I can't tell what annoys me - that this is "literary" design allusion is tawdry, or that the designers figured techies wouldn't have anything more substantial than HP on their shelves.


Things You Already Knew Because You Are Smarter Than Me

"Lame!" is an historical exclamation. To wit, Prof. Volokh:

I'd always thought that "lame" as in "lame argument" or "lame excuse" was
relatively modern youth slang. Then I ran across it in a 19th-century source,
and so decided to check the OED. It turns out that the definition of "[m]aimed,
halting; imperfect or defective, unsatisfactory as wanting a part or parts,"
"[s]aid esp[ecially] of an argument, excuse, account, narrative, or the like"
dates back at least to Chaucer's Troilus and Cressida: "blame me not if
any word [of my work] be lame." Then there's Shakespeare, in Othello, speaking
of a "most lame and impotent conclusion." Most lame, dude! And Swift, in
Gulliver's Travels, "The theory of comets, which at present is very lame and

Fine, but at least we can claim credit for the phrase: "totally lame."

In other news:

* Cavil means to raise trivial objections.

* While it is wrong to incorrectly split an infinitive with an adverb, like so, you will likely be surprised to learn that is not incorrect to split the "bare infinitive" (be) from a "modal auxiliary verb" (will, would, can, etc.) with an adverb. Some people believe that this is a poor stylistic choice. Those people need to read the Chicago Manual of Style and Modern English Usage.

Raw Milk and the Free Market

Raw milk, the unpasteurized white stuff that has the audacity to come out of a cow bearing microbes, is illegal in the U.S. and in most countries. Heating the stuff got rid of over 90% of the cases of things like e-coli. Not bad. On the other hand, there are (possibly credible) assertions that pasteurization also kills a lot of good bacteria - both those that help and those that hurt us just enough to spark an immune response.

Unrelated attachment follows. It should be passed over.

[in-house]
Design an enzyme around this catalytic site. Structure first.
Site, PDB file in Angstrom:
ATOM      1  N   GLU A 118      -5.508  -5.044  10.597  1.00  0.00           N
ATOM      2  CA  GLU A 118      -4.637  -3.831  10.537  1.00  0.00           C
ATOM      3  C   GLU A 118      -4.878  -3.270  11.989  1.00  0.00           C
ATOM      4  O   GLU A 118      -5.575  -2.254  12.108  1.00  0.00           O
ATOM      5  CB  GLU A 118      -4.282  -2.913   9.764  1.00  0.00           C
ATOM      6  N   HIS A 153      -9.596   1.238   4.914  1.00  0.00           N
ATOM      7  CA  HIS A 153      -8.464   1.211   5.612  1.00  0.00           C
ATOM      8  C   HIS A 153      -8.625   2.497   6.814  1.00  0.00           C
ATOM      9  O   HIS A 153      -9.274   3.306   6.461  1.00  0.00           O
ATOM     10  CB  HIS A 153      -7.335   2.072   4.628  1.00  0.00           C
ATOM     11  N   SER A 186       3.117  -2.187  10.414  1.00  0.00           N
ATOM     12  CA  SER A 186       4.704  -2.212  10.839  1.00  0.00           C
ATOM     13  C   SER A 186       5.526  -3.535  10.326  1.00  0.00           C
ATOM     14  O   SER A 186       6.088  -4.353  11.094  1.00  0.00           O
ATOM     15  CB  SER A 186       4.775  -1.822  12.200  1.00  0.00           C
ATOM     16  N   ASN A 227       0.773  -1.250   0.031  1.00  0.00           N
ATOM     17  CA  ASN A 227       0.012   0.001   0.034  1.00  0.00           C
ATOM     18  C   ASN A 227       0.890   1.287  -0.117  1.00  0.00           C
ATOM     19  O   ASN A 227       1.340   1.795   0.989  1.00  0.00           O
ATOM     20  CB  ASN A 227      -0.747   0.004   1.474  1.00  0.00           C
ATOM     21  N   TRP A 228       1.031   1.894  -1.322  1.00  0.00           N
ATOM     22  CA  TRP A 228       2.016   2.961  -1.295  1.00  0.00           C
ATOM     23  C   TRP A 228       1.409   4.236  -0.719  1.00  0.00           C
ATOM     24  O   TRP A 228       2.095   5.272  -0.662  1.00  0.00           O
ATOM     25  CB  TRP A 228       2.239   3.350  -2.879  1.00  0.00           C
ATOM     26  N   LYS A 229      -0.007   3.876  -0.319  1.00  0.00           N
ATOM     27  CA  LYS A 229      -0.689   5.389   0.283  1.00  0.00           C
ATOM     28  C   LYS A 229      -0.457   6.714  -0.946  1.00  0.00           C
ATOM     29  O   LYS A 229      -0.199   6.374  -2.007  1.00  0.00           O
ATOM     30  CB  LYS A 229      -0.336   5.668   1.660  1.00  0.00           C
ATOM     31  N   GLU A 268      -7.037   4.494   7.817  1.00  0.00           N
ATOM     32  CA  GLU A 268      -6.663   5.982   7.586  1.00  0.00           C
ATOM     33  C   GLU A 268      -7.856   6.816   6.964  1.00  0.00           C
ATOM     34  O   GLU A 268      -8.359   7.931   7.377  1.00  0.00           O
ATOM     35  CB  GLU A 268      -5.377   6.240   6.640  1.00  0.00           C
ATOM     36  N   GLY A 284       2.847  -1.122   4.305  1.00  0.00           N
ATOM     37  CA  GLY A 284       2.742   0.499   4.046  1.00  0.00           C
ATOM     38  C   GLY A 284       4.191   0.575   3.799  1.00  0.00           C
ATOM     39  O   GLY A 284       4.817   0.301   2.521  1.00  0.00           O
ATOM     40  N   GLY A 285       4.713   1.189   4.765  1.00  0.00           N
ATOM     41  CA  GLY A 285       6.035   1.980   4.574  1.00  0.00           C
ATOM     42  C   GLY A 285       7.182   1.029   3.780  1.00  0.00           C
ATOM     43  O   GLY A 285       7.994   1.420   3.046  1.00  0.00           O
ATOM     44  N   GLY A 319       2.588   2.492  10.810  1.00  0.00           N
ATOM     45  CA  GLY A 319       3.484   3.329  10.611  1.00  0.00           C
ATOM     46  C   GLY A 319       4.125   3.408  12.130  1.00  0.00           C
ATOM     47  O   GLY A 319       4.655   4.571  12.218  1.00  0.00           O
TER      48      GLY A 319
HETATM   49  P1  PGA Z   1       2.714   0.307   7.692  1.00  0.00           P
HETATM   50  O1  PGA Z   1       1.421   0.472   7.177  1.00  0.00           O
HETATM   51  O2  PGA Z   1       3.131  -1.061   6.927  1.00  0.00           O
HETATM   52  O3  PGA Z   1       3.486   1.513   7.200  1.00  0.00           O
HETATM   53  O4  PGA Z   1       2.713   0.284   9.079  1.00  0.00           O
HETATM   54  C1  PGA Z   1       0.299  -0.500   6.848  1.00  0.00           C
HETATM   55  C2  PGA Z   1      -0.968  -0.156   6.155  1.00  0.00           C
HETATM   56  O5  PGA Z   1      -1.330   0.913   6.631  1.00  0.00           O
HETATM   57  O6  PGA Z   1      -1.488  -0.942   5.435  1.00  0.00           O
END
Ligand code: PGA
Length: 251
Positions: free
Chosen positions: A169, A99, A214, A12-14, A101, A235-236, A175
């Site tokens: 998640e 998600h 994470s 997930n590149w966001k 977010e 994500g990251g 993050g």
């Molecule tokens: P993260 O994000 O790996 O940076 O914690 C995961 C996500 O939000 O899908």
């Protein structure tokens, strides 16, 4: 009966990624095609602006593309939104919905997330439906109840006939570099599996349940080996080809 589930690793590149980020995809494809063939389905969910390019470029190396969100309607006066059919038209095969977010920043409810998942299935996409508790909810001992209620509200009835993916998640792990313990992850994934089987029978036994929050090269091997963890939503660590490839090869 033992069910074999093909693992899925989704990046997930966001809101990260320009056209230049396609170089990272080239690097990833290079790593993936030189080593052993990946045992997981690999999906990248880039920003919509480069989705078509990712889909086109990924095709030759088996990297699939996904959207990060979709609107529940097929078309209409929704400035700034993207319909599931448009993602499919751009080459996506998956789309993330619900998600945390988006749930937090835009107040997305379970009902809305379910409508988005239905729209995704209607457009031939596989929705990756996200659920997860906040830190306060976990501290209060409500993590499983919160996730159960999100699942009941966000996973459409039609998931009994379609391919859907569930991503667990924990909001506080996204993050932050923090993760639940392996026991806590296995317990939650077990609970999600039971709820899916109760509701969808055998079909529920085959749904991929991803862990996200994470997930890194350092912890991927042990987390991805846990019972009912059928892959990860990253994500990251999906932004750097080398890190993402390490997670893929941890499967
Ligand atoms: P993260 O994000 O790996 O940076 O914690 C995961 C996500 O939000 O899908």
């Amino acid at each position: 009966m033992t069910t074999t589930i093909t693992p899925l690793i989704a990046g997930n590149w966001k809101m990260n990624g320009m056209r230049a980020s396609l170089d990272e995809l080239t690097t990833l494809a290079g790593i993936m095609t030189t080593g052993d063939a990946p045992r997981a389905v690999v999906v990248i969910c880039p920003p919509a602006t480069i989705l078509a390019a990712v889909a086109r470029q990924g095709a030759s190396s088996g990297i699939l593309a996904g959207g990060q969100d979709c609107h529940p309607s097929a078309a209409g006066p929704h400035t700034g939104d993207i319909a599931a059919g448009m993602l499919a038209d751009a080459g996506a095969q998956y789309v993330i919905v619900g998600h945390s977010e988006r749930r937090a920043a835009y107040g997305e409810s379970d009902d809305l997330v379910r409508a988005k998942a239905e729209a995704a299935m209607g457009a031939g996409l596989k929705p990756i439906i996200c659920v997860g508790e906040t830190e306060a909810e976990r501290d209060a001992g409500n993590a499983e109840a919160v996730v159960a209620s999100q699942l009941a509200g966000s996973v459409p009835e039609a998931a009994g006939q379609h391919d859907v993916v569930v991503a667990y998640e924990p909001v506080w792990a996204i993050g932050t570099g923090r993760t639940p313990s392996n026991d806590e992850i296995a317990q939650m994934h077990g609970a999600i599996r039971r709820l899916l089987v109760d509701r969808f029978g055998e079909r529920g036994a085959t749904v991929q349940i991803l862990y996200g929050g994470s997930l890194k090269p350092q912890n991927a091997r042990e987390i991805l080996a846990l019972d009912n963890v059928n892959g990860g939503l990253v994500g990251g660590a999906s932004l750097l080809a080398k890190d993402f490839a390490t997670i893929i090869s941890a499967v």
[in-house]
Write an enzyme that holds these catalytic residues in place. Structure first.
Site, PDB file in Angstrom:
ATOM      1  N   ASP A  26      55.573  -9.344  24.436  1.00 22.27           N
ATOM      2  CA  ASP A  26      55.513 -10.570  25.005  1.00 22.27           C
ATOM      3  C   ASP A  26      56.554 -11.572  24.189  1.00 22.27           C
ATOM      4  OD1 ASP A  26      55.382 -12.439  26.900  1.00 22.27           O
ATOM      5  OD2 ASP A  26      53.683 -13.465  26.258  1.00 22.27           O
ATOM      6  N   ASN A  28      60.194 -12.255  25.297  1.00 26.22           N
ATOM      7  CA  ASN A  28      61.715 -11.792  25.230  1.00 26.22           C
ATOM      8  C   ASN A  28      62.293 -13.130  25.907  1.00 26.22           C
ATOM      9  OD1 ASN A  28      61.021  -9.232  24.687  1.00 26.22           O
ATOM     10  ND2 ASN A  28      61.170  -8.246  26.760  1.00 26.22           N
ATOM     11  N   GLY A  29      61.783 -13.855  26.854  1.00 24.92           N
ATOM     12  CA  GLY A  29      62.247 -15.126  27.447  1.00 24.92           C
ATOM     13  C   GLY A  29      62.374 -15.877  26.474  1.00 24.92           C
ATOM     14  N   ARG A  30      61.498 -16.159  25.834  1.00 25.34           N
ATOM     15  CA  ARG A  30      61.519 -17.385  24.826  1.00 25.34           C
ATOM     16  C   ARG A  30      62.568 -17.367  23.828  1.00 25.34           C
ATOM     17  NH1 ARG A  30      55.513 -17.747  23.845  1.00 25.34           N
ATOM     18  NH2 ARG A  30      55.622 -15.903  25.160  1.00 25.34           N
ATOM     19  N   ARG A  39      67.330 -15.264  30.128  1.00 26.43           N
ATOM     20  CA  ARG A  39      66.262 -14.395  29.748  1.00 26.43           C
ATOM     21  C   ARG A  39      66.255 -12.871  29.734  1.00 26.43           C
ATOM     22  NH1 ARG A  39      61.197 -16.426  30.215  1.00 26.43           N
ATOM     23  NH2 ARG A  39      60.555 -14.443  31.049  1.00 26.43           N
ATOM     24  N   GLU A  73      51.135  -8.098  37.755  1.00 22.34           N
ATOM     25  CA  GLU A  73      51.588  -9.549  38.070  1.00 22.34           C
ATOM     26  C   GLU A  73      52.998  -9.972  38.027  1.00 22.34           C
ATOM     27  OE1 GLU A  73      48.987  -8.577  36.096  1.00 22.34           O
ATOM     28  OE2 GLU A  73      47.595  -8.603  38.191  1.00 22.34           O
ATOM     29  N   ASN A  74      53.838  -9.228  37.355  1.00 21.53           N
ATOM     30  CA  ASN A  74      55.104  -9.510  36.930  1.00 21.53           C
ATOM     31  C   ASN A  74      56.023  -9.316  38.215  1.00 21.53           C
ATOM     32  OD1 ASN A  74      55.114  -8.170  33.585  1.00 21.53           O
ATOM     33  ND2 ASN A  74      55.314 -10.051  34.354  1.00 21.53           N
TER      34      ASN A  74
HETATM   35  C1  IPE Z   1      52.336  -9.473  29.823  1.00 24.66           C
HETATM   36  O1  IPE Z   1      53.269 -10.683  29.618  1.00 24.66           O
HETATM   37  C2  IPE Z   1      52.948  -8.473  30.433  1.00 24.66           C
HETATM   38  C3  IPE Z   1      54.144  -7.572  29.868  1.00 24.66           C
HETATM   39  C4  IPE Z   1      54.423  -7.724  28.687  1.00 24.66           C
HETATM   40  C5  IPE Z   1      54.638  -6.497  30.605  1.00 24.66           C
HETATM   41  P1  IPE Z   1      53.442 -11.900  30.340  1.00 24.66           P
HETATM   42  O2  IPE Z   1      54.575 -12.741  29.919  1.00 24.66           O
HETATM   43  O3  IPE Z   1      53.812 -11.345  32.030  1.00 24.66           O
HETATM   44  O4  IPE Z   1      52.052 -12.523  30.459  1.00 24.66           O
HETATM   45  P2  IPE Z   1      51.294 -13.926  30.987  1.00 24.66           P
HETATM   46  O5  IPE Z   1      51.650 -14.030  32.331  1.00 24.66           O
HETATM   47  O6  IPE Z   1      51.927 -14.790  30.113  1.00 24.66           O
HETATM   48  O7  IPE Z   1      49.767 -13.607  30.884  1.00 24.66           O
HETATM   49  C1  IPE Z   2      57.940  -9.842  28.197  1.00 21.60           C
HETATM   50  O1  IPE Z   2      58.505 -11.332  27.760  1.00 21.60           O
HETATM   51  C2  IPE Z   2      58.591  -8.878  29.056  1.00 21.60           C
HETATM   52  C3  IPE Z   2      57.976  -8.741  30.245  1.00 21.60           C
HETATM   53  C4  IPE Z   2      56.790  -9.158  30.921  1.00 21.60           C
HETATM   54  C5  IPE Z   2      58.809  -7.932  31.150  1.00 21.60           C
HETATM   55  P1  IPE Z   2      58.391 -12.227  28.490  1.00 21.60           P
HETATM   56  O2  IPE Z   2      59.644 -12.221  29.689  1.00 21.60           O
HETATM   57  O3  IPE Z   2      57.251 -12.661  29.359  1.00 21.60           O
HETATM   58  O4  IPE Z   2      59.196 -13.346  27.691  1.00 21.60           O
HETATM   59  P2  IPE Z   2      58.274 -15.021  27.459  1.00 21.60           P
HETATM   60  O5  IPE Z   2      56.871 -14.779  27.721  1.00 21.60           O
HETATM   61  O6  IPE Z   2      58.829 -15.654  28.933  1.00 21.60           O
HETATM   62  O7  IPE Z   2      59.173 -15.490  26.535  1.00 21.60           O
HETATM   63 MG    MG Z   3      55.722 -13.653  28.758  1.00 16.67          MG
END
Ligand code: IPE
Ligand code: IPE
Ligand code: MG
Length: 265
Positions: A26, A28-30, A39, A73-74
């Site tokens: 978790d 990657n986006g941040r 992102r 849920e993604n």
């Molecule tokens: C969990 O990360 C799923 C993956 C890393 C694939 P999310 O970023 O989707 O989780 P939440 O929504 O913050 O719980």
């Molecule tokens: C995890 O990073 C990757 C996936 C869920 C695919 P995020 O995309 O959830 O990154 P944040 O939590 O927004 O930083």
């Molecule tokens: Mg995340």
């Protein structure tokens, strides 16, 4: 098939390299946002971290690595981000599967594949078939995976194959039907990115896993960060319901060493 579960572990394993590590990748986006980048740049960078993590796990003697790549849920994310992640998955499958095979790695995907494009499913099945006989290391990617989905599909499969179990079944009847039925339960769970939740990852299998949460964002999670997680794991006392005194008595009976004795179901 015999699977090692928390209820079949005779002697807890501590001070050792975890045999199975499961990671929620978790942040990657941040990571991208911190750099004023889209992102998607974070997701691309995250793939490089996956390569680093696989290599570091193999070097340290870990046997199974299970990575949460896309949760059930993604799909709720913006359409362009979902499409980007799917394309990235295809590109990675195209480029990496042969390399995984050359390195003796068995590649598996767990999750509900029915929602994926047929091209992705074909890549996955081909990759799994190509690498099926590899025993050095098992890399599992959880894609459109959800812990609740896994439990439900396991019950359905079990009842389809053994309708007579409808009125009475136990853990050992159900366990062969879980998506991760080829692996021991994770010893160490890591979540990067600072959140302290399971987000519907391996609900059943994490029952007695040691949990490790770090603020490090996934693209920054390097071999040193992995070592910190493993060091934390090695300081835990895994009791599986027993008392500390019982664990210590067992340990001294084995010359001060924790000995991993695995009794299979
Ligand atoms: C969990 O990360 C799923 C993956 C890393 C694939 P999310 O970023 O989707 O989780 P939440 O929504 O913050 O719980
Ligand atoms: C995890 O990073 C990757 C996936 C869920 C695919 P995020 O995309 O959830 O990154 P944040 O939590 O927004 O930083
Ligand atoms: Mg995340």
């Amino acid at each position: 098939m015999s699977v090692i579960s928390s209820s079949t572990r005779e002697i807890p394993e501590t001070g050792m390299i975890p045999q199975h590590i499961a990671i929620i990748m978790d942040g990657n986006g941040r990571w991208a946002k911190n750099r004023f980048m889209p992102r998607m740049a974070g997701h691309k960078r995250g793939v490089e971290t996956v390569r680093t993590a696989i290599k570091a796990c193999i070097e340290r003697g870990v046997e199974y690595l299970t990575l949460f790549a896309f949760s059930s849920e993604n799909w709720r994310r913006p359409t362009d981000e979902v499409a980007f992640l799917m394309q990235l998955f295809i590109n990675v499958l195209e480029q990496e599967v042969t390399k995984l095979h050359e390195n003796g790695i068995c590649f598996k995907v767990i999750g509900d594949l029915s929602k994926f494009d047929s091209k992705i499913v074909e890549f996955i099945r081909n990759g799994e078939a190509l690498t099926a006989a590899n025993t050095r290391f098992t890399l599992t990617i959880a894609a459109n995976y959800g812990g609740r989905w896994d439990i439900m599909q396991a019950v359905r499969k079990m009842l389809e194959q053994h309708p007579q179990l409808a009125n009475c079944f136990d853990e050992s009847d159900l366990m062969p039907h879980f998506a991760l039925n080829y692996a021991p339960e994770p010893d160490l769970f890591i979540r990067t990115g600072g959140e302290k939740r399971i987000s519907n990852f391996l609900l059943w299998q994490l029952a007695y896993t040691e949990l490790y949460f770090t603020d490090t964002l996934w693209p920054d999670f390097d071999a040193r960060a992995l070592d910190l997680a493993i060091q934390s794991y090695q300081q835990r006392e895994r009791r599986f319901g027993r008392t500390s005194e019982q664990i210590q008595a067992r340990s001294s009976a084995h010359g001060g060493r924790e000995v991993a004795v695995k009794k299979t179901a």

Now, I am not for overturning the raw milk ban. I think that the cost of offering a product known to carry dangerous pathogens to a public that is rarely educated enough to understand what that means will surely result in higher public-health costs.

That said, I wonder whether a limited mechanism for acquiring the stuff might be reasonable. Raw milk is a small enterprise, so prices will be high. They can be higher still if you regulate the practice and require people to test cows for the bacteria we worry about most. That will drive the cost to at the very least double that of regular milk, so only the truly committed will buy it. Add to that a continuing prohibition on serving it to anyone under, say 18, and I think you have a reasonable solution.

I understand that the claimed immunological benefit of raw milk is best felt early in life, but I'd need to see hard evidence on a large scale showing that it is so before I would permit parents to serve it to kids willy nilly. And this isn't the first product we won't serve to kids...there is no reason to fear feeding honey to infants now that it is pasteurized, and absolutely no ill-health effect of alcohol on the body of, say, an 8 y.o., but we regulate both of those due to...you guessed it...the public health cost.

Political Tidbit

It looks like we will have the first viable black candidate this election cycle. Race is not an issue for me; I couldn't care less if Barack was green or Hillary was a hermaphrodite. I also know that race is going to be a huge issue going forward.

1. We'll hear a ton about what black America will do. Will we see more of them at the polls? Let's admit that this question is a little racist and then let's ask: is it wrong for blacks to vote for blacks because of their race, or similarly for women to vote for women? Is it racist, then, for white men to vote McCain?